NOTES FROM EXILE Behind this exceptional, emotionally-charged production are three women – the author Sabina Baral, plus the creators of the stage adaptation – actress Krystyna Janda, famous among other things for her work with Wajda, and director Magda Umer. The real-life story of a Polish Jewish woman, forced to emigrate in 1968, is accompanied by live music – Polish and Jewish songs come to the fore at moments when words are too painful, or as a Brechtian commentary on what is being said. “How much suffering can a person suffer before going mad? They came from the woods, they appeared from holes in the earth, they crawled out of their hiding places in cupboards, in cellars, in attics, the half-dead came out of the concentration camps, they returned from Siberia and Kazakhstan, back home to Poland. They wanted to live here, where their parents were born and where we were born, their children. They had gone through the hellish terror of war, and after years of suffering and and fear they decided again that Poland was their country. They stayed here another twenty-three years (…). Before the Polish state forced them to emigrate in 1968.” A forty-year old story in this production gains a contemporary dimension. Notes from Exile is one of the most remarkable productions to be seen in Polish theatre during the past season, and at the Divine Comedy festival it won awards for best production and best performance.
Notes from Exile is what plays should be like. It was emotionally charged and gripping. Many audience members left in tears: devastated. In the tradition of Brecht, it was also a socio-political call for action. Through the songs and the contemporary films, the audience was constantly reminded of real pain and real hate outside of the old theatre walls. Notes From Exile and Krystyna Janda’s performance were simply phenomenal.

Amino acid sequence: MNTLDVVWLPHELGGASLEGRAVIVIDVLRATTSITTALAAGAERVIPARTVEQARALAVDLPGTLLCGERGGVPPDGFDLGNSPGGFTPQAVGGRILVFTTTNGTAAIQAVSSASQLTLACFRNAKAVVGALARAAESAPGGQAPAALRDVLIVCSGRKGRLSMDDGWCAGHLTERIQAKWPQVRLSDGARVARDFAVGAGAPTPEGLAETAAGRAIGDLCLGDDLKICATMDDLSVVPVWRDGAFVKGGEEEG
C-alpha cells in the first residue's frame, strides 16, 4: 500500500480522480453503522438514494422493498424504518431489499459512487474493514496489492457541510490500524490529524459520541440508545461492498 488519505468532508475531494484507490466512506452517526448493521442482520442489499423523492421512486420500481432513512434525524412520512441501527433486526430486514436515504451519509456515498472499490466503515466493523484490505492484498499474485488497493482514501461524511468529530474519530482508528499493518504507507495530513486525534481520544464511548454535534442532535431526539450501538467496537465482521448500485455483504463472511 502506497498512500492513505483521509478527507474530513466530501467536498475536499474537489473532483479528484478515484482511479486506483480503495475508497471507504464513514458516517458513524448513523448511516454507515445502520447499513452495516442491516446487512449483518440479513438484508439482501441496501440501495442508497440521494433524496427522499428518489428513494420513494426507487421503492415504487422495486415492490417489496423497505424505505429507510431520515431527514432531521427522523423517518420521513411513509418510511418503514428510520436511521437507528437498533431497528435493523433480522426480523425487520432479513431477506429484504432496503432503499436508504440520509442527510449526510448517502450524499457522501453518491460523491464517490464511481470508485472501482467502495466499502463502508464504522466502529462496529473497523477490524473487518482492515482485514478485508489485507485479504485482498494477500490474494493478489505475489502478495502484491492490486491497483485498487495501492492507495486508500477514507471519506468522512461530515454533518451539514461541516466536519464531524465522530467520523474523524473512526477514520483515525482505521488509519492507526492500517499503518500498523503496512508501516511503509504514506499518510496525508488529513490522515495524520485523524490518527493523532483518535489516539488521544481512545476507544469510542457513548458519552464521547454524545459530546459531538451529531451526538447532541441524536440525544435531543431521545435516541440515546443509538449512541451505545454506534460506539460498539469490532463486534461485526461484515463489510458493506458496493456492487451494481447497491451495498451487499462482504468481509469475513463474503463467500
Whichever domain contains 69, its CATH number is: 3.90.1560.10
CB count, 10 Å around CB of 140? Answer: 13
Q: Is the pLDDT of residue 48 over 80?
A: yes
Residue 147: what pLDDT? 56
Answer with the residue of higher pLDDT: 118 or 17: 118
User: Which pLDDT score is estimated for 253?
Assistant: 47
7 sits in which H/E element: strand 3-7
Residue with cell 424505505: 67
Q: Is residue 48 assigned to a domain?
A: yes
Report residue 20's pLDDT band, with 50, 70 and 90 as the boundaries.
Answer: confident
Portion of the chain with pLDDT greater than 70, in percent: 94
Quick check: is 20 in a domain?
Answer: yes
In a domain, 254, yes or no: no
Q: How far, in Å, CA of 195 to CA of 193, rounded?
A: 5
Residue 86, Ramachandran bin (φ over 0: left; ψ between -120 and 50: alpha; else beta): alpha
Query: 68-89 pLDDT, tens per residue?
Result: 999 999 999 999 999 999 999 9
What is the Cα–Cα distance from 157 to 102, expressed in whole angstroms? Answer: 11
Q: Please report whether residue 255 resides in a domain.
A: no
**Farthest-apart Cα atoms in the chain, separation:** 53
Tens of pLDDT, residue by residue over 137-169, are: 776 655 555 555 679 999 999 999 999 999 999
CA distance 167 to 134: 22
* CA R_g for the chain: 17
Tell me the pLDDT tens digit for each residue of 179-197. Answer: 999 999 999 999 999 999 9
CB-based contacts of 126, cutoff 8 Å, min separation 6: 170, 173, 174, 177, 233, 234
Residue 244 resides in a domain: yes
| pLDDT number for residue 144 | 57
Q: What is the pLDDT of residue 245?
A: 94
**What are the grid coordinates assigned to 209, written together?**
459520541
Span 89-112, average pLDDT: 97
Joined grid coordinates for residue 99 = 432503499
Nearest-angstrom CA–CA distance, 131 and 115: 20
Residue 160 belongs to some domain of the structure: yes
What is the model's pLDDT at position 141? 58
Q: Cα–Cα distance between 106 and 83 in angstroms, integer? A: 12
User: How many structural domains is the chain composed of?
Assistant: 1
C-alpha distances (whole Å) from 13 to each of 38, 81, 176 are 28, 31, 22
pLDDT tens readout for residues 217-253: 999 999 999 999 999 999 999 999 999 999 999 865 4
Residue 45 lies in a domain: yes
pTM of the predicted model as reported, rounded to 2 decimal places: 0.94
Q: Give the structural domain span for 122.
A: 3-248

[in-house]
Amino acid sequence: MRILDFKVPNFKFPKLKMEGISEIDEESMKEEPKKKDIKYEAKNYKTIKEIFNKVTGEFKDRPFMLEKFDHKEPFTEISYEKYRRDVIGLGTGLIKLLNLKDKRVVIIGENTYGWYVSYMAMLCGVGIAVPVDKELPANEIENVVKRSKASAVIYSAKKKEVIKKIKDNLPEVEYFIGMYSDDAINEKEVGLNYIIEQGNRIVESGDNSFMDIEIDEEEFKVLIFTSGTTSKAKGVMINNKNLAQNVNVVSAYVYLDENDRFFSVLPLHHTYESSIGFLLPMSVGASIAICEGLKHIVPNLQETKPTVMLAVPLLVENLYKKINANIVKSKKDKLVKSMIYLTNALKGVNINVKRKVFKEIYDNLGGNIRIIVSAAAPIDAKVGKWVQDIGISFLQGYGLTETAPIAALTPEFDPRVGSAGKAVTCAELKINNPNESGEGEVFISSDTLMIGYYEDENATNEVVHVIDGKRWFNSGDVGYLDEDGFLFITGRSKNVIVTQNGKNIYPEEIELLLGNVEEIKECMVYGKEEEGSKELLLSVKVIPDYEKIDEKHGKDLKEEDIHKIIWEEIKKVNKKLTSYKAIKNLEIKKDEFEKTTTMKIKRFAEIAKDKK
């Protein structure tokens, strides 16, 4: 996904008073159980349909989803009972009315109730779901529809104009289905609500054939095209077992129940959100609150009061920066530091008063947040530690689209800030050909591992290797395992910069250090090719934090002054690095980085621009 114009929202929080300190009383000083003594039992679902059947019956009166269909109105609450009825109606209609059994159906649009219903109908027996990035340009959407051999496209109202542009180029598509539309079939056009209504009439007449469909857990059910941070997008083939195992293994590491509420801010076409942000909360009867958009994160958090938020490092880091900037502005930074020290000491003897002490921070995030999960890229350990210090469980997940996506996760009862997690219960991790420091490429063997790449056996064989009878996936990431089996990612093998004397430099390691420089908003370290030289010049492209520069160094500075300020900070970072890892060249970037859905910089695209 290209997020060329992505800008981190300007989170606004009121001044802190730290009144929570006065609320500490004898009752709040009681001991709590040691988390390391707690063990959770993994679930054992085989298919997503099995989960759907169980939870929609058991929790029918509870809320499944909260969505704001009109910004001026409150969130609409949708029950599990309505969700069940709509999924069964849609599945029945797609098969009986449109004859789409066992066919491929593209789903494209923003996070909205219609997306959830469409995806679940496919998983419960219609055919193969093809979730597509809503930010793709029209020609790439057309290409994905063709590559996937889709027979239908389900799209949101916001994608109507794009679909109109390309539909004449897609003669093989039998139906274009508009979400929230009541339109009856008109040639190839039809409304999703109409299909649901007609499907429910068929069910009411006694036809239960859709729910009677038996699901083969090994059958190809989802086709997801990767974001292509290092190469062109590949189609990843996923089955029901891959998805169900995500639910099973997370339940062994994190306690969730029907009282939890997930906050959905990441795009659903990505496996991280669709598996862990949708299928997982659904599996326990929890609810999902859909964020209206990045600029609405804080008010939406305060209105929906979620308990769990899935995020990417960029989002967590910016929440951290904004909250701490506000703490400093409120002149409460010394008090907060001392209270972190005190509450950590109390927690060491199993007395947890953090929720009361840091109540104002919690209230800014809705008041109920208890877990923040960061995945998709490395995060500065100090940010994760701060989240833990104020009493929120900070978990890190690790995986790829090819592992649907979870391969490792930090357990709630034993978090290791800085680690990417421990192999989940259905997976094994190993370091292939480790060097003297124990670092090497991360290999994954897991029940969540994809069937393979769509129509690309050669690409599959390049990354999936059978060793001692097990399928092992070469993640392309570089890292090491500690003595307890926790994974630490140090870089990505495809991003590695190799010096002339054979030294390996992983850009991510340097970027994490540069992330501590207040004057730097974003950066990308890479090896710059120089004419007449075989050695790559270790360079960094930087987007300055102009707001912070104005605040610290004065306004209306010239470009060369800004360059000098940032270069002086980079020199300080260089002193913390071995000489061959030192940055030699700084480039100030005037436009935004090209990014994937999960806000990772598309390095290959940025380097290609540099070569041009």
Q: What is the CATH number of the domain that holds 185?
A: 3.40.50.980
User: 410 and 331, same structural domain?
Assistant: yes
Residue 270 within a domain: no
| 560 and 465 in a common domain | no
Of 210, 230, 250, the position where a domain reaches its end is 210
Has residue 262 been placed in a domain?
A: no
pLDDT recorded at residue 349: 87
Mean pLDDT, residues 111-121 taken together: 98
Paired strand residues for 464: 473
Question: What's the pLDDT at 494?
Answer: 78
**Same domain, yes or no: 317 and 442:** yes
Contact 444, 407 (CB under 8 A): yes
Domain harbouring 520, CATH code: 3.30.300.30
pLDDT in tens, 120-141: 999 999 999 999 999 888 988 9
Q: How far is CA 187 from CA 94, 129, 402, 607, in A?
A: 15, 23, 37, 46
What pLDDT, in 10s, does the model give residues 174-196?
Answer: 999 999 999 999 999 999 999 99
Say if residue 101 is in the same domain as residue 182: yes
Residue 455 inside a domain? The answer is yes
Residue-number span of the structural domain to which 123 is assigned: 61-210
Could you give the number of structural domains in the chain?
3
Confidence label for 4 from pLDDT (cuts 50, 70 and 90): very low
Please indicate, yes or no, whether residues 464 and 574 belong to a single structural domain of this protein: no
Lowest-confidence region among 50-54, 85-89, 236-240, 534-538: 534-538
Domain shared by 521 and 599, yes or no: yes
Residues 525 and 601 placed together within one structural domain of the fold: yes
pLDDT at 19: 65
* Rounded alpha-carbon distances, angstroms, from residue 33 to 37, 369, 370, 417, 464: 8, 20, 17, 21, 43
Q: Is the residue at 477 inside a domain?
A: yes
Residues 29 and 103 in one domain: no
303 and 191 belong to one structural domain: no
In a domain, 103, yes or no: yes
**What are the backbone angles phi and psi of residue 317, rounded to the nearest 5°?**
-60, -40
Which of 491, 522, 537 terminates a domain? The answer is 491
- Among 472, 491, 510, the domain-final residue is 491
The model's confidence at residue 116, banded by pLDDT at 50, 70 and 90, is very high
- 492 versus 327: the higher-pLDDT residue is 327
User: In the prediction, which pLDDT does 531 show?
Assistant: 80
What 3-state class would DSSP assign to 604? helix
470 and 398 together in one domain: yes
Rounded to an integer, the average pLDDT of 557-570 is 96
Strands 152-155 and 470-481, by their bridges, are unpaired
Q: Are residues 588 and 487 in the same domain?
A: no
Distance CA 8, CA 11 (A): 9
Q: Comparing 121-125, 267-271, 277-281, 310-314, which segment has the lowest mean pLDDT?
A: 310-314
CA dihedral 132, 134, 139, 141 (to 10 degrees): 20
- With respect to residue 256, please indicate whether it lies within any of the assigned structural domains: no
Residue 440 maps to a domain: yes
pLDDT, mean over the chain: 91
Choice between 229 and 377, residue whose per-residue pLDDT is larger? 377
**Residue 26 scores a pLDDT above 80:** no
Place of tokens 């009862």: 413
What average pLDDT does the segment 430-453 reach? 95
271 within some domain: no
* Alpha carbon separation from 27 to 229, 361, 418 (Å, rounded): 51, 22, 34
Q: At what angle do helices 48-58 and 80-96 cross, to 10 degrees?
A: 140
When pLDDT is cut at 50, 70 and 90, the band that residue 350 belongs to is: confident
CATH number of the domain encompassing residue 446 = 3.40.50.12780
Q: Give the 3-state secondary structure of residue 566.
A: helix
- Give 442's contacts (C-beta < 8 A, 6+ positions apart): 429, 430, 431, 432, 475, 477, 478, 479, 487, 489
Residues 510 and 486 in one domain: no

– Rem Myers, The Theater Times
The brilliant artist opted for modesty paired with a certain ruthlessness of her message. She is accompanied onstage only by the music band of Janusz Bogacki, and separated from the audience by a transparent screen. It is no more than an apparent partition, providing an additional medium for the shocking memories that come from the actor’s lips, portrayed on it together in dramatic close-ups of her face.
The subjects of Polish-Jewish relations, and of the traumas following the Second World War and Nazi occupation, are returning to Polish theatre; for example, in the drama Our Class (2010), written by Tadeusz Słobodzianek. Notes from Exile, presented on the stage of the Polonia Theatre, is a documentary show. It is based on the memories of a March immigrant, a Polish-Jewish woman who had to leave Wroclaw as a student. Krystyna Janda, who speaks the words of Baral, stands in the depths illuminated by the faint light of the stage. Behind a translucent screen, as if in some strange reality, she appears distant, like a dark memory. She stands at the microphone, her face magnified, filmed live and displayed on the screen, expressing terrible fatigue. We, the audience, listen and watch with a heavy heart.
– Tomasz Miłkowski, www.critical-stages.org